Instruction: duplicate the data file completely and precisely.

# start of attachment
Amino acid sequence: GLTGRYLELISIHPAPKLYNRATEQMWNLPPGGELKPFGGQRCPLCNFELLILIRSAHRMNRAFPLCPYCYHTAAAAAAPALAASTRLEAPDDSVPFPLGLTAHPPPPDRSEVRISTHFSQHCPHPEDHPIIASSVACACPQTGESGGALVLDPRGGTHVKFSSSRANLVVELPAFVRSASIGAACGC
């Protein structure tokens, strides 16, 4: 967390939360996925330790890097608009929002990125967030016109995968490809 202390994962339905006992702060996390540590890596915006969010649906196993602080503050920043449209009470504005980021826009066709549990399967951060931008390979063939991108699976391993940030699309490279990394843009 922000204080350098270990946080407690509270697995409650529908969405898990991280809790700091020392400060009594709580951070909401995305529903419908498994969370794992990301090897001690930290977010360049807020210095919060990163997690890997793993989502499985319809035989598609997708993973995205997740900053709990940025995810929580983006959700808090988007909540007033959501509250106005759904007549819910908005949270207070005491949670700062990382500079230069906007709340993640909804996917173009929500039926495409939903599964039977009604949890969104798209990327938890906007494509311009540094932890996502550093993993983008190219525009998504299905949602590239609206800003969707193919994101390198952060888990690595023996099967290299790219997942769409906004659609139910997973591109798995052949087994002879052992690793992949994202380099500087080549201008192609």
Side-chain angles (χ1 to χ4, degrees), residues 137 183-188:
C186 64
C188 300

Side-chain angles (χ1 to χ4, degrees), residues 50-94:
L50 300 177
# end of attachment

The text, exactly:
Amino acid sequence: GLTGRYLELISIHPAPKLYNRATEQMWNLPPGGELKPFGGQRCPLCNFELLILIRSAHRMNRAFPLCPYCYHTAAAAAAPALAASTRLEAPDDSVPFPLGLTAHPPPPDRSEVRISTHFSQHCPHPEDHPIIASSVACACPQTGESGGALVLDPRGGTHVKFSSSRANLVVELPAFVRSASIGAACGC
């Protein structure tokens, strides 16, 4: 967390939360996925330790890097608009929002990125967030016109995968490809 202390994962339905006992702060996390540590890596915006969010649906196993602080503050920043449209009470504005980021826009066709549990399967951060931008390979063939991108699976391993940030699309490279990394843009 922000204080350098270990946080407690509270697995409650529908969405898990991280809790700091020392400060009594709580951070909401995305529903419908498994969370794992990301090897001690930290977010360049807020210095919060990163997690890997793993989502499985319809035989598609997708993973995205997740900053709990940025995810929580983006959700808090988007909540007033959501509250106005759904007549819910908005949270207070005491949670700062990382500079230069906007709340993640909804996917173009929500039926495409939903599964039977009604949890969104798209990327938890906007494509311009540094932890996502550093993993983008190219525009998504299905949602590239609206800003969707193919994101390198952060888990690595023996099967290299790219997942769409906004659609139910997973591109798995052949087994002879052992690793992949994202380099500087080549201008192609």
Side-chain angles (χ1 to χ4, degrees), residues 137 183-188:
C186 64
C188 300

Side-chain angles (χ1 to χ4, degrees), residues 50-94:
L50 300 177